After reading "Jimmy's World," read the following two articles before class on Friday, September 18.
The first of the
two articles was printed a few days after Cooke was awarded the Pulitzer Prize, journalism's highest award. The
second article was written by Bill Green, the Washington Post's ombudsman. An ombudsman is a person who is paid
by the newspaper to assess that paper's coverage, often critically.
These articles were taken from Lexis-Nexis and
Post Reporter's Pulitzer Prize Is Withdrawn;
Pulitzer Board Withdraws Post Reporter's Prize [excerpts]
16, 1981, Thursday, Final Edition
By David A. Maraniss, Washington Post Staff Writer
The Pulitzer Prize Committee withdrew its feature-writing prize from Washington Post reporter Janet Cooke
yesterday after she admitted that her award-winning story was a fabrication.
Cooke's story, "Jimmy's World," was about an alleged 8-year-old heroin addict in the District of Columbia. It was said
to be based on interviews with the boy, his mother and his mother's boyfriend. Cooke now acknowledges that she
never met or interviewed any of those people and that she made up the story of Jimmy based on a composite of
information about heroin addiction in Washington gleaned from various social workers and other sources.
Her admission followed revelations that certain statements she had made in an autobiographical report to the Pulitzer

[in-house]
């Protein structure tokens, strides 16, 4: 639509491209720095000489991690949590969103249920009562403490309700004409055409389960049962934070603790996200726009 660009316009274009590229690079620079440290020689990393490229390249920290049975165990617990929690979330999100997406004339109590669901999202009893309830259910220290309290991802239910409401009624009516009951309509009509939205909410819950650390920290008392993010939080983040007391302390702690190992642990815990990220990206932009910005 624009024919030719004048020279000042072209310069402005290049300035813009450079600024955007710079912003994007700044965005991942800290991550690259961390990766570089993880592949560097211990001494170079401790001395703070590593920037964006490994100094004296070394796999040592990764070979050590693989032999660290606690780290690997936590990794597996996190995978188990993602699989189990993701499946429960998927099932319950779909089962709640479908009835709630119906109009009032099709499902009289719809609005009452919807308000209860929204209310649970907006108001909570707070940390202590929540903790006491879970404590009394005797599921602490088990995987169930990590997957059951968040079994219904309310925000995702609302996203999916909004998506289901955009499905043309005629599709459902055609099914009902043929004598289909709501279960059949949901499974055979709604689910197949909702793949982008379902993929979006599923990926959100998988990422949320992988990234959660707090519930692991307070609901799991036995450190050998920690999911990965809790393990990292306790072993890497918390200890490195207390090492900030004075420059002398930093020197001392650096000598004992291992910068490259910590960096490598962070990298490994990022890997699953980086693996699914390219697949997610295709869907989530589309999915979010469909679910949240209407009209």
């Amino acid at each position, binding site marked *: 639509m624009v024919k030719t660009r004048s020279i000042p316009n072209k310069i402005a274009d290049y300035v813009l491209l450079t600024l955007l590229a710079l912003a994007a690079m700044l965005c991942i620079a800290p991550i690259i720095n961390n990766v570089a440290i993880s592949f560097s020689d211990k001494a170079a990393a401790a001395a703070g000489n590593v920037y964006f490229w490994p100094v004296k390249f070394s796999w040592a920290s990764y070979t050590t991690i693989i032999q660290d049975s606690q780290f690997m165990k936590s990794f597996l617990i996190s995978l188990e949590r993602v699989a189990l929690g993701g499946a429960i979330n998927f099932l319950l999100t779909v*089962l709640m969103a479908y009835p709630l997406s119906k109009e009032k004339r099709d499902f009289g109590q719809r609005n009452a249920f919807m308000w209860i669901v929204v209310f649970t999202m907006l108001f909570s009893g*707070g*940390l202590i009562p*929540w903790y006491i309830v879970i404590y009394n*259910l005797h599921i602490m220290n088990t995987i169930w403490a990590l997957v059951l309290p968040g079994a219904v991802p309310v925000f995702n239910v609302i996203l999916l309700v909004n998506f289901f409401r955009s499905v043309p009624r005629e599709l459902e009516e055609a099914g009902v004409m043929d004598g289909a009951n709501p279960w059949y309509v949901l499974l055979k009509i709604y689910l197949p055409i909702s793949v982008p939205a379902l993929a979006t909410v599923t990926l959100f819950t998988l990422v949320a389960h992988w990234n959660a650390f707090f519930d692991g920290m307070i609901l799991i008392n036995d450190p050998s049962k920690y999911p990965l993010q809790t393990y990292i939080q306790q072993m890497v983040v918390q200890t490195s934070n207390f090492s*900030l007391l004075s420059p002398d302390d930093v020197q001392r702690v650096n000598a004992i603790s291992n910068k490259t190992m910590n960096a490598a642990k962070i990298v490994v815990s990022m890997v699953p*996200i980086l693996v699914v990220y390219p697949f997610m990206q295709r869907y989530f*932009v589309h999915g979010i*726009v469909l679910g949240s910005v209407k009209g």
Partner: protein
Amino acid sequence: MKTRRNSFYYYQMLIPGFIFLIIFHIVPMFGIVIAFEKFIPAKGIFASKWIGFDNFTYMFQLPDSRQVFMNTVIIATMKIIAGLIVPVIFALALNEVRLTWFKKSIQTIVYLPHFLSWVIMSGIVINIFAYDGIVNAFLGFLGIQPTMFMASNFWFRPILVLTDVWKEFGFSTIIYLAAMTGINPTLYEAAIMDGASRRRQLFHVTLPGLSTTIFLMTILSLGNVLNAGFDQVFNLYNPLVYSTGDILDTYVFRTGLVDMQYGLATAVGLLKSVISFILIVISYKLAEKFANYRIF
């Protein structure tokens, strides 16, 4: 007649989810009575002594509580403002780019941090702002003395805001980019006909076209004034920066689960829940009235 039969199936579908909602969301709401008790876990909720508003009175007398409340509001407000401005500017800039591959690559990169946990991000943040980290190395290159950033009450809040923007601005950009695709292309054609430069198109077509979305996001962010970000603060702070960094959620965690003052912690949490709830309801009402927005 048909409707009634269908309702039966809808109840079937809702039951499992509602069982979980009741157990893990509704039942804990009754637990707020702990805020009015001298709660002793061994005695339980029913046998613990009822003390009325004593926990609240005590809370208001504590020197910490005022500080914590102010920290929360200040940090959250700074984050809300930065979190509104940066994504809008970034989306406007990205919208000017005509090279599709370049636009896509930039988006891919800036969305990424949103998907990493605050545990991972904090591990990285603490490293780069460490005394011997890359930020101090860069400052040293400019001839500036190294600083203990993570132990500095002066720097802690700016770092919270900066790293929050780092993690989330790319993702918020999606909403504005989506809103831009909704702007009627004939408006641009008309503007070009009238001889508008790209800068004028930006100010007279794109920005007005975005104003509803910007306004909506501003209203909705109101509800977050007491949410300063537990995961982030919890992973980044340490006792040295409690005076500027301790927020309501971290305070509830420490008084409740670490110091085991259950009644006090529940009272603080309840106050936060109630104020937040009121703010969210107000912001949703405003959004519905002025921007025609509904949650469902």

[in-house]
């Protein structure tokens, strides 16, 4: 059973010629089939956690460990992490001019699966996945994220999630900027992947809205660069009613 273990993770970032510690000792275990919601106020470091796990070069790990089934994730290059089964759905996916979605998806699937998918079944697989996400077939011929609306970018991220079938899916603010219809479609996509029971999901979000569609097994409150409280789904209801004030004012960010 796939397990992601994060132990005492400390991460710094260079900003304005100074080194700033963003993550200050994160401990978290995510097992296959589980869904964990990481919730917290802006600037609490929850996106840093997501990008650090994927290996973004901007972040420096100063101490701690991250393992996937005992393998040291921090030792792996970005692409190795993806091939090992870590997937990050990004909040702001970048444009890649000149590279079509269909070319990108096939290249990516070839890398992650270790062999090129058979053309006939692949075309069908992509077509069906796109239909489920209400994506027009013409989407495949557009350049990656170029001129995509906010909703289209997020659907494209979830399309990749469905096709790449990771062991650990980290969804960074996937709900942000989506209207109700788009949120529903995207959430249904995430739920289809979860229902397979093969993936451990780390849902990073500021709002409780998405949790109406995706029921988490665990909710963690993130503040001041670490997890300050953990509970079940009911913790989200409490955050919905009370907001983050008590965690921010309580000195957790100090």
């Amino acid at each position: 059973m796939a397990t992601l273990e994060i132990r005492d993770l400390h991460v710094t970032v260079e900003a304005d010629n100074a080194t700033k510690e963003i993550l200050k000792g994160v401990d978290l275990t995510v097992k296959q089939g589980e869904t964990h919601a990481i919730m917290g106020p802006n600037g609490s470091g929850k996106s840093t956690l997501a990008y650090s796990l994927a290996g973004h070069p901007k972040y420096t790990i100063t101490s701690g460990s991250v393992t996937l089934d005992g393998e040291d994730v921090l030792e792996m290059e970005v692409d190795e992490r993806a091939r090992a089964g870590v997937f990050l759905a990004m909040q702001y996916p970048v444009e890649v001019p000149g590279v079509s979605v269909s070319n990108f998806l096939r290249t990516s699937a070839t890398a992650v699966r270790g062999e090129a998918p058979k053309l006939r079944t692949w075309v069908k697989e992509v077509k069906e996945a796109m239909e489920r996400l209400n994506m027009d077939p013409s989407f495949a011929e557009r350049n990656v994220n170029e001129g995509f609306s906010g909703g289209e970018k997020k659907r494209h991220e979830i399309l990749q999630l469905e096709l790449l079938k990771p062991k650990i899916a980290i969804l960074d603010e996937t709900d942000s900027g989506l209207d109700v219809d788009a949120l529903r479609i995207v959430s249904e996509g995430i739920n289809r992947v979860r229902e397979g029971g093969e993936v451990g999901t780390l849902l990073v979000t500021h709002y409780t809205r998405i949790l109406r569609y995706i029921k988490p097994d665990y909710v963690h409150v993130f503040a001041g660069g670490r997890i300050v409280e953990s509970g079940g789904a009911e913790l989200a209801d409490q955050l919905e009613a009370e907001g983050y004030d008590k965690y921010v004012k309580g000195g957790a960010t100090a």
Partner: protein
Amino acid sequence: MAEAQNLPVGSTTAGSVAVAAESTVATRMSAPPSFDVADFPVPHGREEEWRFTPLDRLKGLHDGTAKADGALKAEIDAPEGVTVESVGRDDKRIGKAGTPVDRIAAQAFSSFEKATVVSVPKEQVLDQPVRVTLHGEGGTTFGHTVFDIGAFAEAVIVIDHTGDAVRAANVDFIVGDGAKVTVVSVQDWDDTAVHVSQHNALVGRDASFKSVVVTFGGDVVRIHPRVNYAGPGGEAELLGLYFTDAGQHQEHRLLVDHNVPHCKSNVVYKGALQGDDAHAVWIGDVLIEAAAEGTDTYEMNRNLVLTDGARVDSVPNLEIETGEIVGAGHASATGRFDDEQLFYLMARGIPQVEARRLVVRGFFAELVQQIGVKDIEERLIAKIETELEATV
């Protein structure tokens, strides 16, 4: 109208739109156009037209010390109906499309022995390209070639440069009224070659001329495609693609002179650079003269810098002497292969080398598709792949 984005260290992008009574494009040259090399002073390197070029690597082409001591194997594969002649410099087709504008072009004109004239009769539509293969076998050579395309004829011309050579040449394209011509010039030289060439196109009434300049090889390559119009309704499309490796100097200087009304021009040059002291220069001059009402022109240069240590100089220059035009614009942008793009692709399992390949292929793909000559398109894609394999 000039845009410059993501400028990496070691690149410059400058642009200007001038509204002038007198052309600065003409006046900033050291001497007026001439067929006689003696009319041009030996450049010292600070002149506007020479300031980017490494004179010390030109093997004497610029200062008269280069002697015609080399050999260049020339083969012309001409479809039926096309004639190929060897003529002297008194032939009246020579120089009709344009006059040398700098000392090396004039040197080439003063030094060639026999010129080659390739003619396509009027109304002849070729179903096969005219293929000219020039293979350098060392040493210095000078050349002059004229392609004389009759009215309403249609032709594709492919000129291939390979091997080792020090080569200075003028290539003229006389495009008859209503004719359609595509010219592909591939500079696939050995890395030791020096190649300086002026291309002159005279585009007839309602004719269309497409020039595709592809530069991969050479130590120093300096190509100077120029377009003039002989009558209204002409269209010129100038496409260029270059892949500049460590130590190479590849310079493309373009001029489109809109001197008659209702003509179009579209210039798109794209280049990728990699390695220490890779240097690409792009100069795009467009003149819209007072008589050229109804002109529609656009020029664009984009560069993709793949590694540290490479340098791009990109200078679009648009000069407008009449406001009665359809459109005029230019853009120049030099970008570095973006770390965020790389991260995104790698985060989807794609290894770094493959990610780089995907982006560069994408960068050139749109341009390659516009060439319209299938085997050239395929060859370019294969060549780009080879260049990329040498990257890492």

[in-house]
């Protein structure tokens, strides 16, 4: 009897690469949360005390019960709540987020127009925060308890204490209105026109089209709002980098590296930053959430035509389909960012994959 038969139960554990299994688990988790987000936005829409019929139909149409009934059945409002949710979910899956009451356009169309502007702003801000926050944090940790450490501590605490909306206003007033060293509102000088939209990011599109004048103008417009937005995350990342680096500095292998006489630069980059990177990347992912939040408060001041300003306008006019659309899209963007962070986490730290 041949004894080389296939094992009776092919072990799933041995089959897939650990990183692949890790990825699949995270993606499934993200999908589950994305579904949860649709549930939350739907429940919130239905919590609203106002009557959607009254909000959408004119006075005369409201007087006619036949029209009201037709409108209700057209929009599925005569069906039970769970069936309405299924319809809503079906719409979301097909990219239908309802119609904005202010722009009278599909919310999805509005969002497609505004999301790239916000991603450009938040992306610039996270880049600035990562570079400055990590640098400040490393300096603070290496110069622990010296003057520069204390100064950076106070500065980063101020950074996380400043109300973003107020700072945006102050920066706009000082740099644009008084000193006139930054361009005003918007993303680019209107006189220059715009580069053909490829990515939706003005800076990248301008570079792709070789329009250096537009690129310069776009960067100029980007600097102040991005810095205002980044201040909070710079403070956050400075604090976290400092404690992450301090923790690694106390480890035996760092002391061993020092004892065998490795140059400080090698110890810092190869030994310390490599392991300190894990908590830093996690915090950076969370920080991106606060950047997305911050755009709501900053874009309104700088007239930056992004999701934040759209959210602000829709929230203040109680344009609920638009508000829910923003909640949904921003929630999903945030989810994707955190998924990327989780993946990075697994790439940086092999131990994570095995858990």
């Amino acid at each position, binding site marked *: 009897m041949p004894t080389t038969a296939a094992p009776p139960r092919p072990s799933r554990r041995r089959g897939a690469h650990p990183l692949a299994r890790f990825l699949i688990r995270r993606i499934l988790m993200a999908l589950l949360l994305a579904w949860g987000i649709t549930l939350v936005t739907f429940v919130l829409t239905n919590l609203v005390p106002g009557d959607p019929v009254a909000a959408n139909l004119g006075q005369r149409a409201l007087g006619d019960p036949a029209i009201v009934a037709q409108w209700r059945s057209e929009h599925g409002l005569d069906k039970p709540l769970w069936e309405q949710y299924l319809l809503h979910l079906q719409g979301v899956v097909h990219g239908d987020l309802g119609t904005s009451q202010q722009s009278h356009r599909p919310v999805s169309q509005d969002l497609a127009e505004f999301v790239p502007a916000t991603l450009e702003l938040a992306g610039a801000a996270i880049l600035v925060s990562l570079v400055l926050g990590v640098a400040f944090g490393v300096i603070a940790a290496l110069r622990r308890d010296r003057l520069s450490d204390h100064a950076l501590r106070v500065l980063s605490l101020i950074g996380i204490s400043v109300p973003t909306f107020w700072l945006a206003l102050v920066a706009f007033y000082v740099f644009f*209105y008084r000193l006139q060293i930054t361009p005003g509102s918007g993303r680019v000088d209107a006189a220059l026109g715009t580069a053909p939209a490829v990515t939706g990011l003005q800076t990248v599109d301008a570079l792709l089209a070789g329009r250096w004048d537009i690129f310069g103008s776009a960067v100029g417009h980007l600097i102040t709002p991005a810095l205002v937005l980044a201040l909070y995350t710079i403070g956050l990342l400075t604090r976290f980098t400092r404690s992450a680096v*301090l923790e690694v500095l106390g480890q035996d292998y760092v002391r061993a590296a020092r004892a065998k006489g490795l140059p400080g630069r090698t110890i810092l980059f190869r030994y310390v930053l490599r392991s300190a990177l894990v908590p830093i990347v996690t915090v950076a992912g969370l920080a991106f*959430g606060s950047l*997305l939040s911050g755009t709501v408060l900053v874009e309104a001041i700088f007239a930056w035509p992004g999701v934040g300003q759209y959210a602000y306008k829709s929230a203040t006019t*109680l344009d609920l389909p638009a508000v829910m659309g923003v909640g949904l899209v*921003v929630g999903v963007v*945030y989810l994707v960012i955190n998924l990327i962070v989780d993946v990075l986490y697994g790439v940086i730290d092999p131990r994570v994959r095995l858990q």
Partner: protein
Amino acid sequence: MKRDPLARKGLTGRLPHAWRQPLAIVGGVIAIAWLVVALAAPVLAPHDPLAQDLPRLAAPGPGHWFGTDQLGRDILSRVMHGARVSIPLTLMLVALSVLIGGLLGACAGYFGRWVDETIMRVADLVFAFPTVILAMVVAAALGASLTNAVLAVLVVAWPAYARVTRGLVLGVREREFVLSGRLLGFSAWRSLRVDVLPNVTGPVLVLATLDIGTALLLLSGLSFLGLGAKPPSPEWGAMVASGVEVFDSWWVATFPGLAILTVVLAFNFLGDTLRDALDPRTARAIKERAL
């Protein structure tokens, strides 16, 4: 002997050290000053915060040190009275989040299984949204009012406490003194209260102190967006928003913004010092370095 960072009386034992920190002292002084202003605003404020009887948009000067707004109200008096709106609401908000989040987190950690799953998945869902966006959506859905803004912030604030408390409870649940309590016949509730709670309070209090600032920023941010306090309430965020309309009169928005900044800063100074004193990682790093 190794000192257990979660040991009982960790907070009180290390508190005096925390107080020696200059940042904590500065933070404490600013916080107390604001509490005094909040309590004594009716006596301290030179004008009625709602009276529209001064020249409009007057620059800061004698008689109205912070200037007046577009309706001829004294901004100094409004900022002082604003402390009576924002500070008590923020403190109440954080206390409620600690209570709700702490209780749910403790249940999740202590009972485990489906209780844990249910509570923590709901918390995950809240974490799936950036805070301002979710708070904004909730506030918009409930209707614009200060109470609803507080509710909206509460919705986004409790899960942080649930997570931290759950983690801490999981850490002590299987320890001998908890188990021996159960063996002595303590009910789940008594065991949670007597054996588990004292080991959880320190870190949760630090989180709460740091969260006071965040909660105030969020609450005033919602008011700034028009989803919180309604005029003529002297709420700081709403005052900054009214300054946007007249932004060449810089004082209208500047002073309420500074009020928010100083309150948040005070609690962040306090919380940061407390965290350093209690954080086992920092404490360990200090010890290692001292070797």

authorities also were false. Cooke had said that she was a magna cum laude graduate of Vassar College and held a
master's degree from the University of Toledo. In fact, she attended Vassar for her freshman year and received a
bachelor of arts from the University of Toledo.
Cooke resigned from The Washington Post yesterday.
"It is tragedy that someone as talented and promising as Janet Cooke, with everything going for her, felt that she had
to falsify the facts," said Benjamin C. Bradlee, executive editor of The Washington Post. "The credibility of a
newspaper is its most precious asset, and it depends almost entirely on the integrity of its reporters. When that
integrity is questioned and found wanting, the wounds are grievous, and there is nothing to do but come clean with
our readers, apologize to the Advisory Board of the Pulitzer Prizes, and begin immediately on the uphill task of
regaining our credibility. This we are doing.".
In a statement yesterday, Cooke, 26, said: "The [article] was a serious misrepresentation which I deeply regret. I
apologize to my newspaper, my profession, the Pulitzer board and all seekers of the truth.".
Upon publication, the Jimmy article prompted a strong and immediate response in the city. Mayor Marion Barry and
Chief of Police Burtell Jefferson assigned a task force of police and social workers to locate the 8-year-old cited in the
city and to obtain medical treatment for him. When the child could not be located, Barry and Jefferson voiced deep
skepticism about the validity of the story. Barry said he believed "Jimmy" did not exist, or was a composite of several